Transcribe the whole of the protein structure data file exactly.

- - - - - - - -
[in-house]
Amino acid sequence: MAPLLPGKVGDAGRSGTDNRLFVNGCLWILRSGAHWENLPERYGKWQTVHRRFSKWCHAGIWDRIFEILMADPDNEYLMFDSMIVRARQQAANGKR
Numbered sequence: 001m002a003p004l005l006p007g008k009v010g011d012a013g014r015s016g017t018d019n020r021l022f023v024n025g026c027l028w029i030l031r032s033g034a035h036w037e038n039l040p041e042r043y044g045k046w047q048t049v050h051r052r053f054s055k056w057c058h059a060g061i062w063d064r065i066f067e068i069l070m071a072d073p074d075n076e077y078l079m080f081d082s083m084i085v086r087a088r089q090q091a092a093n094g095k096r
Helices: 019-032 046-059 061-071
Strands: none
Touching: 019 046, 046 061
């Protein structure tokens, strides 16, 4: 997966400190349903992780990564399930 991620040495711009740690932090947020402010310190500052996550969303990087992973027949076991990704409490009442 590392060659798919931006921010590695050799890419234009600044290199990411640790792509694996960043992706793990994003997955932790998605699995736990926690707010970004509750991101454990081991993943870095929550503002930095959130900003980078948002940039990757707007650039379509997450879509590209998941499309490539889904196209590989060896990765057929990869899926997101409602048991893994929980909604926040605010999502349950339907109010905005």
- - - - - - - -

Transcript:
[in-house]
Amino acid sequence: MAPLLPGKVGDAGRSGTDNRLFVNGCLWILRSGAHWENLPERYGKWQTVHRRFSKWCHAGIWDRIFEILMADPDNEYLMFDSMIVRARQQAANGKR
Numbered sequence: 001m002a003p004l005l006p007g008k009v010g011d012a013g014r015s016g017t018d019n020r021l022f023v024n025g026c027l028w029i030l031r032s033g034a035h036w037e038n039l040p041e042r043y044g045k046w047q048t049v050h051r052r053f054s055k056w057c058h059a060g061i062w063d064r065i066f067e068i069l070m071a072d073p074d075n076e077y078l079m080f081d082s083m084i085v086r087a088r089q090q091a092a093n094g095k096r
Helices: 019-032 046-059 061-071
Strands: none
Touching: 019 046, 046 061
């Protein structure tokens, strides 16, 4: 997966400190349903992780990564399930 991620040495711009740690932090947020402010310190500052996550969303990087992973027949076991990704409490009442 590392060659798919931006921010590695050799890419234009600044290199990411640790792509694996960043992706793990994003997955932790998605699995736990926690707010970004509750991101454990081991993943870095929550503002930095959130900003980078948002940039990757707007650039379509997450879509590209998941499309490539889904196209590989060896990765057929990869899926997101409602048991893994929980909604926040605010999502349950339907109010905005």